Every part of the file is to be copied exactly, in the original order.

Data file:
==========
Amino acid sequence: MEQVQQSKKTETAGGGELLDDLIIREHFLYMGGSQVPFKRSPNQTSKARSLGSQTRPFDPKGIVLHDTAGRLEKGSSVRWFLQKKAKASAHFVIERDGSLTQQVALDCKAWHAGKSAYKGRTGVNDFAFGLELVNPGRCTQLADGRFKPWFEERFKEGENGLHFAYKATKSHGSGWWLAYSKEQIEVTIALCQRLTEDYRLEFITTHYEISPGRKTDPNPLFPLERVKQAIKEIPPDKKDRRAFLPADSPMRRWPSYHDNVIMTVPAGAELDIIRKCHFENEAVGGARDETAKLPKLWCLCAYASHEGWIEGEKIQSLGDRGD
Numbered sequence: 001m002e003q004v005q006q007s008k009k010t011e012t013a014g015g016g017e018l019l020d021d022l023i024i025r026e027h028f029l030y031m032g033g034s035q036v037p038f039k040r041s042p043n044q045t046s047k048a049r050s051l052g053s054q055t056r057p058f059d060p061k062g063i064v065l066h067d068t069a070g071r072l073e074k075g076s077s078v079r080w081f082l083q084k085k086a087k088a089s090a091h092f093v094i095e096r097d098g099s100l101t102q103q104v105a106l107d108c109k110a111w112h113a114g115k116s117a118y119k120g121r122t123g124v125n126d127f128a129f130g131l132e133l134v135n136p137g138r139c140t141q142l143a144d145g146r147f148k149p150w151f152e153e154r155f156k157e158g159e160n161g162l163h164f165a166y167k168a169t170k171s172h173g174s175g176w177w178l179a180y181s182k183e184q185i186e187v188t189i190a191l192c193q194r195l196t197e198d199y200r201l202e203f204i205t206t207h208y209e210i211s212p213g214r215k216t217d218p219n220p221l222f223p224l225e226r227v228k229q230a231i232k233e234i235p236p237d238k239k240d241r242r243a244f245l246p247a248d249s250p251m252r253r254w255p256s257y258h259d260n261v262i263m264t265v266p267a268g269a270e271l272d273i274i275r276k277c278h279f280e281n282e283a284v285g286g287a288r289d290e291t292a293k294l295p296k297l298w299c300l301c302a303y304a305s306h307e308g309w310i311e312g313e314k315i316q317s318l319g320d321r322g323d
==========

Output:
Amino acid sequence: MEQVQQSKKTETAGGGELLDDLIIREHFLYMGGSQVPFKRSPNQTSKARSLGSQTRPFDPKGIVLHDTAGRLEKGSSVRWFLQKKAKASAHFVIERDGSLTQQVALDCKAWHAGKSAYKGRTGVNDFAFGLELVNPGRCTQLADGRFKPWFEERFKEGENGLHFAYKATKSHGSGWWLAYSKEQIEVTIALCQRLTEDYRLEFITTHYEISPGRKTDPNPLFPLERVKQAIKEIPPDKKDRRAFLPADSPMRRWPSYHDNVIMTVPAGAELDIIRKCHFENEAVGGARDETAKLPKLWCLCAYASHEGWIEGEKIQSLGDRGD
Numbered sequence: 001m002e003q004v005q006q007s008k009k010t011e012t013a014g015g016g017e018l019l020d021d022l023i024i025r026e027h028f029l030y031m032g033g034s035q036v037p038f039k040r041s042p043n044q045t046s047k048a049r050s051l052g053s054q055t056r057p058f059d060p061k062g063i064v065l066h067d068t069a070g071r072l073e074k075g076s077s078v079r080w081f082l083q084k085k086a087k088a089s090a091h092f093v094i095e096r097d098g099s100l101t102q103q104v105a106l107d108c109k110a111w112h113a114g115k116s117a118y119k120g121r122t123g124v125n126d127f128a129f130g131l132e133l134v135n136p137g138r139c140t141q142l143a144d145g146r147f148k149p150w151f152e153e154r155f156k157e158g159e160n161g162l163h164f165a166y167k168a169t170k171s172h173g174s175g176w177w178l179a180y181s182k183e184q185i186e187v188t189i190a191l192c193q194r195l196t197e198d199y200r201l202e203f204i205t206t207h208y209e210i211s212p213g214r215k216t217d218p219n220p221l222f223p224l225e226r227v228k229q230a231i232k233e234i235p236p237d238k239k240d241r242r243a244f245l246p247a248d249s250p251m252r253r254w255p256s257y258h259d260n261v262i263m264t265v266p267a268g269a270e271l272d273i274i275r276k277c278h279f280e281n282e283a284v285g286g287a288r289d290e291t292a293k294l295p296k297l298w299c300l301c302a303y304a305s306h307e308g309w310i311e312g313e314k315i316q317s318l319g320d321r322g323d